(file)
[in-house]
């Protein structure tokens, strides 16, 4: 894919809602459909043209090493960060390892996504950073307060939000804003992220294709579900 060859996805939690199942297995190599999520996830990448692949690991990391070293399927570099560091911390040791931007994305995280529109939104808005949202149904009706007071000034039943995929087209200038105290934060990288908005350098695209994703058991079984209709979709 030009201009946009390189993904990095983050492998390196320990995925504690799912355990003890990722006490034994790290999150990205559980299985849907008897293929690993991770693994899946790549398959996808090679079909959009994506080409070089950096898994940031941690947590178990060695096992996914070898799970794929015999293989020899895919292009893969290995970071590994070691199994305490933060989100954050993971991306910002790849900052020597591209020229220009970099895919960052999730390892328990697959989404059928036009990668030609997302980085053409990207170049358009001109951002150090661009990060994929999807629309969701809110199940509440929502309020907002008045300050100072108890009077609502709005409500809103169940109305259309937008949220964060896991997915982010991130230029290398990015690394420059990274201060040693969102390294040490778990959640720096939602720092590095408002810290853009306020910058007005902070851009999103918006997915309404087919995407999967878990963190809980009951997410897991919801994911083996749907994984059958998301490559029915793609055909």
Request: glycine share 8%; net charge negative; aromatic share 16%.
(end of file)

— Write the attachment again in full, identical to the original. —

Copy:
[in-house]
């Protein structure tokens, strides 16, 4: 894919809602459909043209090493960060390892996504950073307060939000804003992220294709579900 060859996805939690199942297995190599999520996830990448692949690991990391070293399927570099560091911390040791931007994305995280529109939104808005949202149904009706007071000034039943995929087209200038105290934060990288908005350098695209994703058991079984209709979709 030009201009946009390189993904990095983050492998390196320990995925504690799912355990003890990722006490034994790290999150990205559980299985849907008897293929690993991770693994899946790549398959996808090679079909959009994506080409070089950096898994940031941690947590178990060695096992996914070898799970794929015999293989020899895919292009893969290995970071590994070691199994305490933060989100954050993971991306910002790849900052020597591209020229220009970099895919960052999730390892328990697959989404059928036009990668030609997302980085053409990207170049358009001109951002150090661009990060994929999807629309969701809110199940509440929502309020907002008045300050100072108890009077609502709005409500809103169940109305259309937008949220964060896991997915982010991130230029290398990015690394420059990274201060040693969102390294040490778990959640720096939602720092590095408002810290853009306020910058007005902070851009999103918006997915309404087919995407999967878990963190809980009951997410897991919801994911083996749907994984059958998301490559029915793609055909």
Request: glycine share 8%; net charge negative; aromatic share 16%.